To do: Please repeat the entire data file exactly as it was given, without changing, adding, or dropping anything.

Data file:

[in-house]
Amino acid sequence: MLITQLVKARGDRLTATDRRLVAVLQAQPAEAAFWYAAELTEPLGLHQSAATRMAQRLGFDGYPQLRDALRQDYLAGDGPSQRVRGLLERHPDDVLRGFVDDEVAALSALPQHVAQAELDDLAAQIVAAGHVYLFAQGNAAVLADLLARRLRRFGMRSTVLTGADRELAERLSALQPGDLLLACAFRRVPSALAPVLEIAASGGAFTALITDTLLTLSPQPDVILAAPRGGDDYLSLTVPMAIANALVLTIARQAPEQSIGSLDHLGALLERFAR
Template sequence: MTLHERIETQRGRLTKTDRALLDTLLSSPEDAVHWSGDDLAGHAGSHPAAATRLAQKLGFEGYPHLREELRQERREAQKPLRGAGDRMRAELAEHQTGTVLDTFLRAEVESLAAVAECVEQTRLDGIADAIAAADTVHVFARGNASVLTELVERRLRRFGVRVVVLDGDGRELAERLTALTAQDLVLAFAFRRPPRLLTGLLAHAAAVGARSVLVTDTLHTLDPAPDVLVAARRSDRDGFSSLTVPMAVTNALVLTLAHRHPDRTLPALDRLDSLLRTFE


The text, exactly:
[in-house]
Amino acid sequence: MLITQLVKARGDRLTATDRRLVAVLQAQPAEAAFWYAAELTEPLGLHQSAATRMAQRLGFDGYPQLRDALRQDYLAGDGPSQRVRGLLERHPDDVLRGFVDDEVAALSALPQHVAQAELDDLAAQIVAAGHVYLFAQGNAAVLADLLARRLRRFGMRSTVLTGADRELAERLSALQPGDLLLACAFRRVPSALAPVLEIAASGGAFTALITDTLLTLSPQPDVILAAPRGGDDYLSLTVPMAIANALVLTIARQAPEQSIGSLDHLGALLERFAR
Template sequence: MTLHERIETQRGRLTKTDRALLDTLLSSPEDAVHWSGDDLAGHAGSHPAAATRLAQKLGFEGYPHLREELRQERREAQKPLRGAGDRMRAELAEHQTGTVLDTFLRAEVESLAAVAECVEQTRLDGIADAIAAADTVHVFARGNASVLTELVERRLRRFGVRVVVLDGDGRELAERLTALTAQDLVLAFAFRRPPRLLTGLLAHAAAVGARSVLVTDTLHTLDPAPDVLVAARRSDRDGFSSLTVPMAVTNALVLTLAHRHPDRTLPALDRLDSLLRTFE